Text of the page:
Referring to the drawings, a preferred embodiment of the article of furniture of this invention is illustrated at 10 in FIG. 1. It comprises a plurality of legs or supports 11, horizontally disposed shelves 12, upright spindle posts 13, a pair of upright outer walls 14 (See FIG. 2), an intermediate wall 15, and a plurality of ball finials 16, all interconnected by a plurality of connector units 17.

The supports 11, shelves 12, posts 13, and finials 16 are identical and further explanation is believed unnecessary. It will be noted in FIG. 3 that when assembled the shelves 12 are reversed so that their shoulders 27 mate as illustrated, with their square outer ends 26 exposed. The connector units 17 are also identical and only one will be described. Each unit 17 is comprised of a pair inserts 18 of identical nature, and a connector 19.

Each insert 18 is comprised of a cylindrical body 21 having a slightly enlarged head 22 at one end thereof which has a smooth exterior surface. An internally threaded bore 23 (FIG. 3) is formed along the longitudinal axis of the insert 18 and extends its entire length thereof. As best shown in FIG. 4, the exterior surface of the insert is formed by a plurality of vertically contiguous circular bands 62 slanted downwardly and inwardly from a shoulder 63 at each top edge thereof, and to which are added a plurality of vertical ribs 64. It can readily be seen that these elements do not intefere with insertion of an insert into a socket or hole, but do tend to prevent removal therefrom and rotation therein during use.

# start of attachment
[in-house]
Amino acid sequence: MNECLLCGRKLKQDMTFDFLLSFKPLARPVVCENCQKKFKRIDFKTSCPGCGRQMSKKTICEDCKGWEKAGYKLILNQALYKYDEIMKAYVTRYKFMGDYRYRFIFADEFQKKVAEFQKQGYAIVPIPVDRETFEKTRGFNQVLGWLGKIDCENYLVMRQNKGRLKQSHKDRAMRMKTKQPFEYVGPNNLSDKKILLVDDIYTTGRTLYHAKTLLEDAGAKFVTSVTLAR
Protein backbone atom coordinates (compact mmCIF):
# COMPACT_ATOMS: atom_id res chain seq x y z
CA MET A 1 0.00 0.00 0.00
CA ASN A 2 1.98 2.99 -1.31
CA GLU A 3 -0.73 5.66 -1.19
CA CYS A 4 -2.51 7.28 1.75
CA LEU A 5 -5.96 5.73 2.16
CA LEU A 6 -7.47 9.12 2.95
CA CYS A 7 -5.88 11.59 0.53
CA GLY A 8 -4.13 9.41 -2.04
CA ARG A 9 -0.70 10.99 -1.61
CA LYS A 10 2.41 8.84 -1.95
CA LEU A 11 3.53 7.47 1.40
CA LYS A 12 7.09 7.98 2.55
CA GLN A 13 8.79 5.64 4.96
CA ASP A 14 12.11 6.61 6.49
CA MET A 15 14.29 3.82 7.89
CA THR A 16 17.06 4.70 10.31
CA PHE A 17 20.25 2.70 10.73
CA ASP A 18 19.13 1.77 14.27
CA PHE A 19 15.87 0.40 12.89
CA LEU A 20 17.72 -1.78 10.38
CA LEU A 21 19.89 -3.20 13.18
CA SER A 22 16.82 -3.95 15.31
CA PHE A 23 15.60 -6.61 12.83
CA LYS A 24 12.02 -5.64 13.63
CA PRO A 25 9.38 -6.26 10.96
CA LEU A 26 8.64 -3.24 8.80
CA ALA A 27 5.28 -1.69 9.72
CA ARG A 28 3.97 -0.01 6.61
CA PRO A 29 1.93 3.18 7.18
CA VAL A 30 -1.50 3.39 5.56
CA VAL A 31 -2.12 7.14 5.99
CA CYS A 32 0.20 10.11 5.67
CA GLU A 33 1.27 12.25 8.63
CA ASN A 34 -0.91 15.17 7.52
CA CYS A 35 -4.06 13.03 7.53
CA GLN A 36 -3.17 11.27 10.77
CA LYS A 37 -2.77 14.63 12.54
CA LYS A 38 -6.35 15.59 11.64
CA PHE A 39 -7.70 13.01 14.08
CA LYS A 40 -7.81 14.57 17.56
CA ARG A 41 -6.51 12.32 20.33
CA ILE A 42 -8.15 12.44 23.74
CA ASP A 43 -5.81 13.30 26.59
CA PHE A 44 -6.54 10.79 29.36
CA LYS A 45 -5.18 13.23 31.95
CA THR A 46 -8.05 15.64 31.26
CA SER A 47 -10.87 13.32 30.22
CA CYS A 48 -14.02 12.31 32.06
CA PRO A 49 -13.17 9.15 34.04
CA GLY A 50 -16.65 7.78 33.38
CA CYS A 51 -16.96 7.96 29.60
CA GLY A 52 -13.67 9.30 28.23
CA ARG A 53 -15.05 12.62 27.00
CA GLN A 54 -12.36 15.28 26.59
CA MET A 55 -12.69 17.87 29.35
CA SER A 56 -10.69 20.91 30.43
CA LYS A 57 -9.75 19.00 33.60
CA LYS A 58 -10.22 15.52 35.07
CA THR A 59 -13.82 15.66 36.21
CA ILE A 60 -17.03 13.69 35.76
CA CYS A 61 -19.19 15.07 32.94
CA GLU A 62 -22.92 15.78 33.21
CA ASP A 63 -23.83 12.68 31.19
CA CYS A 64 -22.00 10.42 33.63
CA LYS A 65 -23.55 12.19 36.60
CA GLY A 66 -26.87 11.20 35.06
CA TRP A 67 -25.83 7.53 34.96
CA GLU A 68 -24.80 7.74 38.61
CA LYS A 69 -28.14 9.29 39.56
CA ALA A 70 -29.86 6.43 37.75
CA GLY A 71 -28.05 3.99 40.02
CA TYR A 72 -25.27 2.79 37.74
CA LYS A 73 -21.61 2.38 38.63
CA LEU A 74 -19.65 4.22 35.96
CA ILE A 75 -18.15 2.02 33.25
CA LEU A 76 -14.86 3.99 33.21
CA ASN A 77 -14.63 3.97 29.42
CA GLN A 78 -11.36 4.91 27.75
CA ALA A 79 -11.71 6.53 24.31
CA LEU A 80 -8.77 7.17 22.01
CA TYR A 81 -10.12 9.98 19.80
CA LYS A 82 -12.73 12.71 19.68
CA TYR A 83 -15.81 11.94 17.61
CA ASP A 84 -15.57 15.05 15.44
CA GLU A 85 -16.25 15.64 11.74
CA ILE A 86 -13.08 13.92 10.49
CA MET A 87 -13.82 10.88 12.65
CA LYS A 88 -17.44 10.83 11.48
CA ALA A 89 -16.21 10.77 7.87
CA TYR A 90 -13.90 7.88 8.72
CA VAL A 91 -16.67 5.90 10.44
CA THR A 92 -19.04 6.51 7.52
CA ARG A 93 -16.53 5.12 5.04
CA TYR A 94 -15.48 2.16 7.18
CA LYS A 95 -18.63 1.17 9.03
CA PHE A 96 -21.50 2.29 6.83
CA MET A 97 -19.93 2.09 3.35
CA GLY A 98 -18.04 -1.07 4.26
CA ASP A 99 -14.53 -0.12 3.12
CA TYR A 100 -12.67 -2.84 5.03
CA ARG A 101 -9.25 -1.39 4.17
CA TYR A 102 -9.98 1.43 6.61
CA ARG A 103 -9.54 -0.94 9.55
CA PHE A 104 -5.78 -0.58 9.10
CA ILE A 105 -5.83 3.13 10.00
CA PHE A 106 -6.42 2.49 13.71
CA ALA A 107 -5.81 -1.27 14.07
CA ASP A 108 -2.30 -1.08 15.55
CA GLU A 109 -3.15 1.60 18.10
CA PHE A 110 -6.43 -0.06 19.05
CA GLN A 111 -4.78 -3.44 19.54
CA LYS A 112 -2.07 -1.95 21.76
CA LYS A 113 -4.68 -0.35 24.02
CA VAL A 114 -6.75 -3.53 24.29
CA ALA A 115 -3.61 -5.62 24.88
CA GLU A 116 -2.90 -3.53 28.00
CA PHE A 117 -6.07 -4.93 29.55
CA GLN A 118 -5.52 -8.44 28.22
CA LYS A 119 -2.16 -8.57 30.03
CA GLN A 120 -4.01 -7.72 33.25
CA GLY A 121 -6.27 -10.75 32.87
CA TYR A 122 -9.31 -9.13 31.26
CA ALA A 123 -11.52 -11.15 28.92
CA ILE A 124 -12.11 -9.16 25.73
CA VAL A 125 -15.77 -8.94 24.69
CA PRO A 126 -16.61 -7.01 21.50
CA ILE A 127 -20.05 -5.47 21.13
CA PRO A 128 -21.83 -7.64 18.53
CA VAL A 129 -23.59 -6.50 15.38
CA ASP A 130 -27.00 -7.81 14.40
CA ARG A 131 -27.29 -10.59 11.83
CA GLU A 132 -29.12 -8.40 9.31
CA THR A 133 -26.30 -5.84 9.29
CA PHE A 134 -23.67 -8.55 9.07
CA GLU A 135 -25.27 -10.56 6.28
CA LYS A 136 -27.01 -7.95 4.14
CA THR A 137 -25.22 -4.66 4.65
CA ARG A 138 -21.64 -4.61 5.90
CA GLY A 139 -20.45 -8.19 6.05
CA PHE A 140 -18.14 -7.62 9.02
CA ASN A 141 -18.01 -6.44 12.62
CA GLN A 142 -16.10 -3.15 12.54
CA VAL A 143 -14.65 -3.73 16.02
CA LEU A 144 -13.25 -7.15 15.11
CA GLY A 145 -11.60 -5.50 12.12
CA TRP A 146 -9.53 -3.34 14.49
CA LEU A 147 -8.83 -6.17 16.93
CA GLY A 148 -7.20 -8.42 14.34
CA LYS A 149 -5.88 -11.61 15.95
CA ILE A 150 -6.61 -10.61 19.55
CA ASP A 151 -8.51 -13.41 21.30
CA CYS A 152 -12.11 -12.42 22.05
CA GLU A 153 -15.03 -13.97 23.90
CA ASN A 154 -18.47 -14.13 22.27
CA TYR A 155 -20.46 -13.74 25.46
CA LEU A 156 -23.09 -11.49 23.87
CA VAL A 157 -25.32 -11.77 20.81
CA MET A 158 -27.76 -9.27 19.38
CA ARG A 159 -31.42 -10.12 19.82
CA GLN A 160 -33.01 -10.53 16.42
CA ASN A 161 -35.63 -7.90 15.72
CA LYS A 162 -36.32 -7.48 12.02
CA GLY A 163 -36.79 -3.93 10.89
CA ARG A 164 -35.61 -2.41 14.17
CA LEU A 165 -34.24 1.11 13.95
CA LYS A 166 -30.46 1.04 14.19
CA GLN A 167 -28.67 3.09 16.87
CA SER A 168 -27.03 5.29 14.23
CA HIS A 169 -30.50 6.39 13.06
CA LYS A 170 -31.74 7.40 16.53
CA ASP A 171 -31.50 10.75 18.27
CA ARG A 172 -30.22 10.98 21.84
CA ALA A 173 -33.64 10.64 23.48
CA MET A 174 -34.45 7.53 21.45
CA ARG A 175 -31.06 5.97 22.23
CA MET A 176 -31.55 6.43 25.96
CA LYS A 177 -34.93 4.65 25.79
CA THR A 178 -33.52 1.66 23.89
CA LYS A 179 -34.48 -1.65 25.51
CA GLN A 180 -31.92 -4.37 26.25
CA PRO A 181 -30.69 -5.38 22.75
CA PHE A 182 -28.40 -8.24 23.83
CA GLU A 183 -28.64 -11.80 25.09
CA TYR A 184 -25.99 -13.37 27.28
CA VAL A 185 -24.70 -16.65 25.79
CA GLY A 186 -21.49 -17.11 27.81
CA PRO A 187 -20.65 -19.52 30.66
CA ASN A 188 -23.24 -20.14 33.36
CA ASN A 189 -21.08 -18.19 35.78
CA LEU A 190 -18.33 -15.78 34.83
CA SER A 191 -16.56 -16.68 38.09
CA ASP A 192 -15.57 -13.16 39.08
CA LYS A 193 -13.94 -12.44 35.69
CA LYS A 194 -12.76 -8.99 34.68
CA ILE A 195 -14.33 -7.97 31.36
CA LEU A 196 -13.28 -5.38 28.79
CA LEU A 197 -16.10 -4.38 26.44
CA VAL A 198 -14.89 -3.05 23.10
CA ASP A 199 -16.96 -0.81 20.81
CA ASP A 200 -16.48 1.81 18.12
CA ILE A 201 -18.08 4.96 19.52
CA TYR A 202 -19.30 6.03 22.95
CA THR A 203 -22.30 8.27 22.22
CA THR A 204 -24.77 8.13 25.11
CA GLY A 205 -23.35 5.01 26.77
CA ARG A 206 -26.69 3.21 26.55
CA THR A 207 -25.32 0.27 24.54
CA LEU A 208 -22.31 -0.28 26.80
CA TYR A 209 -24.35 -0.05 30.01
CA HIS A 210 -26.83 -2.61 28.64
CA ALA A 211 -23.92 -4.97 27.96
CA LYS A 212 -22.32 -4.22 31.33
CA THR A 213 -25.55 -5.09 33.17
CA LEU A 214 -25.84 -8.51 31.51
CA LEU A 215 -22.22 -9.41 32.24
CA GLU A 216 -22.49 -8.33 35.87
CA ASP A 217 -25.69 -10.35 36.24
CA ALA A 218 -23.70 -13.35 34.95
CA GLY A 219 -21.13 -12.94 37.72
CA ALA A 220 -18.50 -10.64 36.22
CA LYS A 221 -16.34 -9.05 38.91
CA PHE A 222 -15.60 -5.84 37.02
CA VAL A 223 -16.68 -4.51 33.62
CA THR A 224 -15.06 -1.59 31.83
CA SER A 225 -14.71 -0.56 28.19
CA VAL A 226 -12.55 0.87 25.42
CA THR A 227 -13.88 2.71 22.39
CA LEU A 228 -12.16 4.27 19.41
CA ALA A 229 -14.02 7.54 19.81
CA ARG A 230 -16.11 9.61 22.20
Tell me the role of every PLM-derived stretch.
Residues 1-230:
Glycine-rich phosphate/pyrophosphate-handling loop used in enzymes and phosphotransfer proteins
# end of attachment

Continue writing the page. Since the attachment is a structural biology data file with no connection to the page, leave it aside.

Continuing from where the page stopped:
The connector 19 is externally threaded at 24 its entire length; is of a solid nature, and has a length approximately twice the length of an insert 18. The cross sectional diameter of the connector 19 is such that it may readily be threaded into and out of the internally threaded bore 23 of an insert 18.